Both non-referral and non-enrolment were associated with female sex and older age. Therefore, extra attention should be directed to these subgroups to facilitate them to enrol in phase 2 CR. As mentioned previously, more qualitative research is needed to identify which personal circumstances contribute to non-enrolment and how to overcome these barriers. For example, being female more than doubled the odds of not being referred to and not enrolling in phase 2 CR. This is important information for physicians who are involved in the referral process, but qualitative research should lead to a deeper understanding of the reasons women are less likely to enrol in phase 2 CR. This enables cardiologists to target specific barriers, such as caring for a partner or logistical problems. Cardiologists or specialised nurses can motivate women to attend phase 2 CR programmes and overcome specific barriers or provide suitable alternatives for phase 2 CR. Nevertheless, cardiologists and subgroups of patients may have very acceptable reasons for non-enrolment and achieving 100% referral and enrolment rates is therefore no goal in itself.
Our study has several limitations. First, the patients completed the survey 1–2 years after surgery, which could have caused recall bias, and most information on the factors was self-reported. Second, although the response rate was more than 50%, there may have been selection bias since a substantial proportion of patients did not respond and there was no information on referral and enrolment for this patient group. Based on the approval document we received from the Medical Ethics Review Committee, we could not compare responders with non-responders. Third, generalisation of the findings should be done with care since patients were included from one Dutch hospital only. Culture concerning and attitude towards CR may vary by region or by country.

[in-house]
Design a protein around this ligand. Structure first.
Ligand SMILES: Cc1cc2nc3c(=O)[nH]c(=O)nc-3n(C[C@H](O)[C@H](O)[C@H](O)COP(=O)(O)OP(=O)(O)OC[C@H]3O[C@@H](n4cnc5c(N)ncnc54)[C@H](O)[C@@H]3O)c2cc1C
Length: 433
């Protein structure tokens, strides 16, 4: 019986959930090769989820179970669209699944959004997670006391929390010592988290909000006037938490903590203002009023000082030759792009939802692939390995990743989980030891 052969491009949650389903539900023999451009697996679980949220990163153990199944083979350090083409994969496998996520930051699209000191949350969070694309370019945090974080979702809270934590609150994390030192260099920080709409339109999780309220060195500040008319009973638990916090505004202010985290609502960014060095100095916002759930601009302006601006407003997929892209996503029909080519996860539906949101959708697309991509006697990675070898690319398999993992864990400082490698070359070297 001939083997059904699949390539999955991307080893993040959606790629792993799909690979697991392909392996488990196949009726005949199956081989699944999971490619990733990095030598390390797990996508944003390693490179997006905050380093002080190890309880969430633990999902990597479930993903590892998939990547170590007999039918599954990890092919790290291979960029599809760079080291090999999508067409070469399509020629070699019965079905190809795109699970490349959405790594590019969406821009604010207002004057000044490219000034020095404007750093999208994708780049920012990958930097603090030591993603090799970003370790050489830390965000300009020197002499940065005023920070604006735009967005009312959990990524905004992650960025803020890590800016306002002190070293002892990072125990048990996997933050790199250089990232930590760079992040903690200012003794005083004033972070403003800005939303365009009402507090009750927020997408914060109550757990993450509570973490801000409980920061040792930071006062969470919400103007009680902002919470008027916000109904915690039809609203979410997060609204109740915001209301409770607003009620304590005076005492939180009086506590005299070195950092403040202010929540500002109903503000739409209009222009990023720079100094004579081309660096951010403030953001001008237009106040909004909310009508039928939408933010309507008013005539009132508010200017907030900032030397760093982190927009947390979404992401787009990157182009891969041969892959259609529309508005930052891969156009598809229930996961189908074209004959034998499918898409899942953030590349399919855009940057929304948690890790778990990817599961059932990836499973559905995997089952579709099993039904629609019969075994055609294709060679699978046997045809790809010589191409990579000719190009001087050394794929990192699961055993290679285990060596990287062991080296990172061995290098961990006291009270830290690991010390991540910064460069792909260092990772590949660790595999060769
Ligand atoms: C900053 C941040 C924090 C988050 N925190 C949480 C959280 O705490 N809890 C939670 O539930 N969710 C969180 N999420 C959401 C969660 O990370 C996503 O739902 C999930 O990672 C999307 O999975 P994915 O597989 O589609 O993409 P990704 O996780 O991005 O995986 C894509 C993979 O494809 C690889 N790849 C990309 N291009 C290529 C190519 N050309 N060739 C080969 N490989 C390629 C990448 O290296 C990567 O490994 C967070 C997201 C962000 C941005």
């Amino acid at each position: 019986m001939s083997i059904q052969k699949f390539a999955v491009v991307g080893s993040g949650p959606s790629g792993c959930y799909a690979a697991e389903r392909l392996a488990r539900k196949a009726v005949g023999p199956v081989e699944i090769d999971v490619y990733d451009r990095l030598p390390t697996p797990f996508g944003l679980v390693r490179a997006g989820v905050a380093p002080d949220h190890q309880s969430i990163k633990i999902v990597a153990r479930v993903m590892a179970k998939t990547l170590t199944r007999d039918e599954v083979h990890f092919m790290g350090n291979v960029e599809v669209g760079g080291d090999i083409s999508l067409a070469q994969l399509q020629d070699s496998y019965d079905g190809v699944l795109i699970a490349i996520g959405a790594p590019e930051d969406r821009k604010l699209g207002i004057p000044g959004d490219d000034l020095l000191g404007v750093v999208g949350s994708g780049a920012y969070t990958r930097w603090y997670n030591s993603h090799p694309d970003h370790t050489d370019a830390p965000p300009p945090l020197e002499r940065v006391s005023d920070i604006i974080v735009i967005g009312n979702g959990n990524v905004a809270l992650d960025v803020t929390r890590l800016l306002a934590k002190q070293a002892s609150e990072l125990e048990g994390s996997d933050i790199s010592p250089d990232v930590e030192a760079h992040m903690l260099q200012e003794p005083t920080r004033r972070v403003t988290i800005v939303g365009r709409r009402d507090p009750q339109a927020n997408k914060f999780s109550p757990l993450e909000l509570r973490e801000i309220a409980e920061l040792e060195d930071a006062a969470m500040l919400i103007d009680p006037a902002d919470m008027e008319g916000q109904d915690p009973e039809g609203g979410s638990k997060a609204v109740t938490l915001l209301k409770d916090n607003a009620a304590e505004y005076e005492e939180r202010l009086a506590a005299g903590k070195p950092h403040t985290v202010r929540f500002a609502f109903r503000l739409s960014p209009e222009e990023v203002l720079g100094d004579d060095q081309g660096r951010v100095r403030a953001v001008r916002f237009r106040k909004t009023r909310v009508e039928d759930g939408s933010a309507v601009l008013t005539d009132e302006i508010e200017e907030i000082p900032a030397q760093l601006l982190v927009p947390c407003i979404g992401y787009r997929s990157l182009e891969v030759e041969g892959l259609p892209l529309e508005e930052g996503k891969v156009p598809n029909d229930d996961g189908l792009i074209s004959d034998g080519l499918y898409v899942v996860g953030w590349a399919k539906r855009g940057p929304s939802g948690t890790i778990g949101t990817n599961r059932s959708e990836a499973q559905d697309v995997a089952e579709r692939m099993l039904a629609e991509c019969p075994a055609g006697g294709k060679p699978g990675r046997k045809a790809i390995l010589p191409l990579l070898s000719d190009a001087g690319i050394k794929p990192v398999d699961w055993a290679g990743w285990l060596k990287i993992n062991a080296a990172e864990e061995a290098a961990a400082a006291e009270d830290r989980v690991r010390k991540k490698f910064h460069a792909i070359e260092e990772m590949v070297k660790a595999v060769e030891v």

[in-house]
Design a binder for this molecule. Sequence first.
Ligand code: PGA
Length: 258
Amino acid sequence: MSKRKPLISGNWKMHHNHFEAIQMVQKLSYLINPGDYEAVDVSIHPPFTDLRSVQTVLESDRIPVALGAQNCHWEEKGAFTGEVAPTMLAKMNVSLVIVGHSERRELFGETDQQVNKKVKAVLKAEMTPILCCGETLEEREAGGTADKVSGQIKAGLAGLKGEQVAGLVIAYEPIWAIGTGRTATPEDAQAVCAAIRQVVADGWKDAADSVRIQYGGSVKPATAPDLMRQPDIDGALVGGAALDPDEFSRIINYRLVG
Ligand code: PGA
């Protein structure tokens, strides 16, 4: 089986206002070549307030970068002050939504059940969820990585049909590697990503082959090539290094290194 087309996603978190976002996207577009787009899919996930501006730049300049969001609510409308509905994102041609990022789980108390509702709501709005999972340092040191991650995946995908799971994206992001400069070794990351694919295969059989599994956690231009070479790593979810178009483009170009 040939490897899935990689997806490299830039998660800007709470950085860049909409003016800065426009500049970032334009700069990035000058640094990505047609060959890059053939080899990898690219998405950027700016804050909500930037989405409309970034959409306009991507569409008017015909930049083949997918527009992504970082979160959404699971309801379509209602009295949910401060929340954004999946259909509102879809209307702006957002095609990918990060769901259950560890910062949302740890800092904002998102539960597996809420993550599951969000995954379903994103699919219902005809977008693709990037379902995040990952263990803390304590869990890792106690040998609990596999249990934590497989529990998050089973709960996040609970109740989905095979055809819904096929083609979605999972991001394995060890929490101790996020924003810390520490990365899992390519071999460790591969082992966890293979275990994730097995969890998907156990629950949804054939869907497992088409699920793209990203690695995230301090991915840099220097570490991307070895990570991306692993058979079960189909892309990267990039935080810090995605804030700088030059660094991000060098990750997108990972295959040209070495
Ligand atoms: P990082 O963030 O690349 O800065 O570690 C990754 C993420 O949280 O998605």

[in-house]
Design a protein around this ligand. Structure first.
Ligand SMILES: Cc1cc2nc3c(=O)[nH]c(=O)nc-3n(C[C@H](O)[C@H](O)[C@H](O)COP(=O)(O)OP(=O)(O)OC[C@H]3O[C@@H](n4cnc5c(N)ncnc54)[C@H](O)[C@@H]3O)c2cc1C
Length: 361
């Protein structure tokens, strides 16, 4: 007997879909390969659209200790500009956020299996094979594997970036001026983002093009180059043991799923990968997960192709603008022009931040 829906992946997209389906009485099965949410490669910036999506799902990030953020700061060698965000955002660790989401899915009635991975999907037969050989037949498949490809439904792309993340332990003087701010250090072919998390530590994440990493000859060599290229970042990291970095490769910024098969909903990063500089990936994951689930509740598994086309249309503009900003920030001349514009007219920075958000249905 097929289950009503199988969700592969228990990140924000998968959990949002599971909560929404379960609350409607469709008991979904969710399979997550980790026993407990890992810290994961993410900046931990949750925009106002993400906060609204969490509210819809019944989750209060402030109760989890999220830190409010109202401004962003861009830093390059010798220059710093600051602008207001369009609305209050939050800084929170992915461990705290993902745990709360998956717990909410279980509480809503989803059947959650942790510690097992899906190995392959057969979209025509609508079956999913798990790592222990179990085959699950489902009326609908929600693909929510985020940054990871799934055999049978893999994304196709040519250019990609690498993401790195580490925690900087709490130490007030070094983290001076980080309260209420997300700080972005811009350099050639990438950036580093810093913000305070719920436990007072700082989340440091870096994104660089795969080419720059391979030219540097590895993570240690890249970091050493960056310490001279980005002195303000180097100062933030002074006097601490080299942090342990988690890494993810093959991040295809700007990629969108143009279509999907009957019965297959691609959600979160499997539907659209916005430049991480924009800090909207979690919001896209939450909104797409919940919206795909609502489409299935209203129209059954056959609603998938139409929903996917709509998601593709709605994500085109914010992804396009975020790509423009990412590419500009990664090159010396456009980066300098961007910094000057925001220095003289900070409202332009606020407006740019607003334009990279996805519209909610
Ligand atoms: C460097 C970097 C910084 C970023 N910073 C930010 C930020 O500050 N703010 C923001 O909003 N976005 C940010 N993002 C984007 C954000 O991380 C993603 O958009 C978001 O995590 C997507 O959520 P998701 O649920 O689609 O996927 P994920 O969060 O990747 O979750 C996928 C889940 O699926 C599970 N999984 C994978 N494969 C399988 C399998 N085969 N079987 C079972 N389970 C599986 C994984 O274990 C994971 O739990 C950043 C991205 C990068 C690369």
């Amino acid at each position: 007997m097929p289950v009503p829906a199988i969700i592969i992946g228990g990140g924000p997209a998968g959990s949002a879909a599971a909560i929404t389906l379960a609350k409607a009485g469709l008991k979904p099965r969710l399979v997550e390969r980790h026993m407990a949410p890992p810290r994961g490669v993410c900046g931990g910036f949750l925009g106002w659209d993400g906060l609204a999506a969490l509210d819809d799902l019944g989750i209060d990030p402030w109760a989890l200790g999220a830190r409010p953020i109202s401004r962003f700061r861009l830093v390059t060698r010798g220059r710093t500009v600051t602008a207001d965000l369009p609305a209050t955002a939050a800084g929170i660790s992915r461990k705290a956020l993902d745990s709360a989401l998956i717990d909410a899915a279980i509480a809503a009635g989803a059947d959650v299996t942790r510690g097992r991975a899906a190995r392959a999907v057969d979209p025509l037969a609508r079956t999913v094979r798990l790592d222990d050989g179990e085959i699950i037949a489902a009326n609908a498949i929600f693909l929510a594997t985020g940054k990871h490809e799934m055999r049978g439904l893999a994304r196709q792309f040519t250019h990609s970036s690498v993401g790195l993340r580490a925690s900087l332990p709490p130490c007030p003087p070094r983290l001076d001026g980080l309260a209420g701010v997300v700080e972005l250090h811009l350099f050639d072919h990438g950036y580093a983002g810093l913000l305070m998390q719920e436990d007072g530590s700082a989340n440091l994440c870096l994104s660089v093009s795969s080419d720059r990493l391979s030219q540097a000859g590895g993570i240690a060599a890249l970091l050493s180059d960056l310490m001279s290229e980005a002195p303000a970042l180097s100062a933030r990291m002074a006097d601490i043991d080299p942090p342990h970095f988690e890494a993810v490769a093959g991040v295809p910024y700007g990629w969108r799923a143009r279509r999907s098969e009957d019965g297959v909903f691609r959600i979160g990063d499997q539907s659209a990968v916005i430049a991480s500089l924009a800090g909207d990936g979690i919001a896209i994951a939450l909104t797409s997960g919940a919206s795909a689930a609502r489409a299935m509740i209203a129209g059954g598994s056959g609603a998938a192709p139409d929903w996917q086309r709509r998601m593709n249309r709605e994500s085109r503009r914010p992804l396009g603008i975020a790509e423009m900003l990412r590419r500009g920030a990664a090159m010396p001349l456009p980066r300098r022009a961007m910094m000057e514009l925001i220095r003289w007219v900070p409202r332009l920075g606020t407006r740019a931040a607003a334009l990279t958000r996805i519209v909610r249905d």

This is the first study describing the rates of referral to and enrolment in phase 2 following open-heart surgery via sternotomy CR and exploring factors associated with non-referral and non-enrolment. In the present study, referral and enrolment rates for patients following open-heart surgery in a Dutch hospital were high. Nevertheless, several sociodemographic, disease-related and environmental factors were identified that were associated with non-referral to and non-enrolment in phase 2 CR.
Clearly, more (qualitative) research into subgroups of future patients and their reasons for not enrolling in phase 2 CR is recommended. Although there are some indications of subgroups of patients who are at risk of non-enrolment, a good conversation with the patient is essential for a better understanding of his or her deeper motives and capabilities for starting phase 2 CR. Possible barriers to non-enrolment should be eliminated with the support of the entire cardiology team if necessary. This way, all eligible patients have the opportunity to benefit from high-quality phase 2 CR and its long-term benefits.
We would like to thank all patients who participated in this study. We also thank the Department of Cardiothoracic Surgery of the Leiden University Medical Center for contributing to the study, with special thanks to Ms L.C. van Ginkel, MSc for the contribution she made to this study.
Conflict of interest
D. Conijn, R.A.F. de Lind van Wijngaarden, H.M. Vermeulen, T.P.M. Vliet Vlieland and J.J.L. Meesters declare that they have no competing interests.